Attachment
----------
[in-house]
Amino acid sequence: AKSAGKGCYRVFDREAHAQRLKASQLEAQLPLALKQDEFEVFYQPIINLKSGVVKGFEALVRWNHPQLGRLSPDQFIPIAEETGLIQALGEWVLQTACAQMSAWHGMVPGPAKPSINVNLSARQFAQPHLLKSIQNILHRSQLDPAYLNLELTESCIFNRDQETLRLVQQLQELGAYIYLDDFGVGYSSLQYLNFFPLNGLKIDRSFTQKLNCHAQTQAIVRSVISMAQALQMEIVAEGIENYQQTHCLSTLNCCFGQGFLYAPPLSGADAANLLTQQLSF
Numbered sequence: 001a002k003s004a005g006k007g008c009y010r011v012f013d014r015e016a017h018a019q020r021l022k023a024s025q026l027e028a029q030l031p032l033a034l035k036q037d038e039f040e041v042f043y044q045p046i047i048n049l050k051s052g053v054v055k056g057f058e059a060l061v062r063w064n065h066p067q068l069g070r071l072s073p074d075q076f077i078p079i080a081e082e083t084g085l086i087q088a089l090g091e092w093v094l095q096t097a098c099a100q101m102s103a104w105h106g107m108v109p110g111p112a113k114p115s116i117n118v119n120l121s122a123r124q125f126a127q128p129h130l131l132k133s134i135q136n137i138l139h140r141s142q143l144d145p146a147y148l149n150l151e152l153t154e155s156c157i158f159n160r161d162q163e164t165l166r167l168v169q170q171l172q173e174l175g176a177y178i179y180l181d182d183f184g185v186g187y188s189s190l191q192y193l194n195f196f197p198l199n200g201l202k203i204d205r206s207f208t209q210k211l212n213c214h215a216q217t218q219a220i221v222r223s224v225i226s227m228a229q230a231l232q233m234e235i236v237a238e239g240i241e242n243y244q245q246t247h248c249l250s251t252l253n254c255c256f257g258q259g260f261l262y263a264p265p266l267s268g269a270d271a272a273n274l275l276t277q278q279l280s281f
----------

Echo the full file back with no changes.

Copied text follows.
[in-house]
Amino acid sequence: AKSAGKGCYRVFDREAHAQRLKASQLEAQLPLALKQDEFEVFYQPIINLKSGVVKGFEALVRWNHPQLGRLSPDQFIPIAEETGLIQALGEWVLQTACAQMSAWHGMVPGPAKPSINVNLSARQFAQPHLLKSIQNILHRSQLDPAYLNLELTESCIFNRDQETLRLVQQLQELGAYIYLDDFGVGYSSLQYLNFFPLNGLKIDRSFTQKLNCHAQTQAIVRSVISMAQALQMEIVAEGIENYQQTHCLSTLNCCFGQGFLYAPPLSGADAANLLTQQLSF
Numbered sequence: 001a002k003s004a005g006k007g008c009y010r011v012f013d014r015e016a017h018a019q020r021l022k023a024s025q026l027e028a029q030l031p032l033a034l035k036q037d038e039f040e041v042f043y044q045p046i047i048n049l050k051s052g053v054v055k056g057f058e059a060l061v062r063w064n065h066p067q068l069g070r071l072s073p074d075q076f077i078p079i080a081e082e083t084g085l086i087q088a089l090g091e092w093v094l095q096t097a098c099a100q101m102s103a104w105h106g107m108v109p110g111p112a113k114p115s116i117n118v119n120l121s122a123r124q125f126a127q128p129h130l131l132k133s134i135q136n137i138l139h140r141s142q143l144d145p146a147y148l149n150l151e152l153t154e155s156c157i158f159n160r161d162q163e164t165l166r167l168v169q170q171l172q173e174l175g176a177y178i179y180l181d182d183f184g185v186g187y188s189s190l191q192y193l194n195f196f197p198l199n200g201l202k203i204d205r206s207f208t209q210k211l212n213c214h215a216q217t218q219a220i221v222r223s224v225i226s227m228a229q230a231l232q233m234e235i236v237a238e239g240i241e242n243y244q245q246t247h248c249l250s251t252l253n254c255c256f257g258q259g260f261l262y263a264p265p266l267s268g269a270d271a272a273n274l275l276t277q278q279l280s281f